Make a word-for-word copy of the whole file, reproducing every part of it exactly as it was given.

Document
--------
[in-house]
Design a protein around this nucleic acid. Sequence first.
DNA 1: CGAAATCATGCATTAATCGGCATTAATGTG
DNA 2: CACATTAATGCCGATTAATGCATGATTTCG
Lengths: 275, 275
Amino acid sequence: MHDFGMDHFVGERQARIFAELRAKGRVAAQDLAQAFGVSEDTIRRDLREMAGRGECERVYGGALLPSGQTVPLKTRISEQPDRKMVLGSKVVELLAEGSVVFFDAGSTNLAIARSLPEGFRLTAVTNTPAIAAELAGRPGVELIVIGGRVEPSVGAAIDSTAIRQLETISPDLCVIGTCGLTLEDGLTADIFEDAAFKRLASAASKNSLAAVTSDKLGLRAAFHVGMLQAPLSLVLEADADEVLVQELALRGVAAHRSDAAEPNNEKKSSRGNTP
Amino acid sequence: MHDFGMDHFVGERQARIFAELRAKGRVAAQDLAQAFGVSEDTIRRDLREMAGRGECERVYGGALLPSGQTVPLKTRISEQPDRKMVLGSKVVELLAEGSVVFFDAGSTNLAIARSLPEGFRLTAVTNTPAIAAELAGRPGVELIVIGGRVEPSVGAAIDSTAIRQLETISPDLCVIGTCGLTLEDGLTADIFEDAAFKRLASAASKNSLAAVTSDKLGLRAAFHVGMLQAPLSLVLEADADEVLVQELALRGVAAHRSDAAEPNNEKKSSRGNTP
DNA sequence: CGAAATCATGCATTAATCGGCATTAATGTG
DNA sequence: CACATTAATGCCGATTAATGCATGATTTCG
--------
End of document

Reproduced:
[in-house]
Design a protein around this nucleic acid. Sequence first.
DNA 1: CGAAATCATGCATTAATCGGCATTAATGTG
DNA 2: CACATTAATGCCGATTAATGCATGATTTCG
Lengths: 275, 275
Amino acid sequence: MHDFGMDHFVGERQARIFAELRAKGRVAAQDLAQAFGVSEDTIRRDLREMAGRGECERVYGGALLPSGQTVPLKTRISEQPDRKMVLGSKVVELLAEGSVVFFDAGSTNLAIARSLPEGFRLTAVTNTPAIAAELAGRPGVELIVIGGRVEPSVGAAIDSTAIRQLETISPDLCVIGTCGLTLEDGLTADIFEDAAFKRLASAASKNSLAAVTSDKLGLRAAFHVGMLQAPLSLVLEADADEVLVQELALRGVAAHRSDAAEPNNEKKSSRGNTP
Amino acid sequence: MHDFGMDHFVGERQARIFAELRAKGRVAAQDLAQAFGVSEDTIRRDLREMAGRGECERVYGGALLPSGQTVPLKTRISEQPDRKMVLGSKVVELLAEGSVVFFDAGSTNLAIARSLPEGFRLTAVTNTPAIAAELAGRPGVELIVIGGRVEPSVGAAIDSTAIRQLETISPDLCVIGTCGLTLEDGLTADIFEDAAFKRLASAASKNSLAAVTSDKLGLRAAFHVGMLQAPLSLVLEADADEVLVQELALRGVAAHRSDAAEPNNEKKSSRGNTP
DNA sequence: CGAAATCATGCATTAATCGGCATTAATGTG
DNA sequence: CACATTAATGCCGATTAATGCATGATTTCG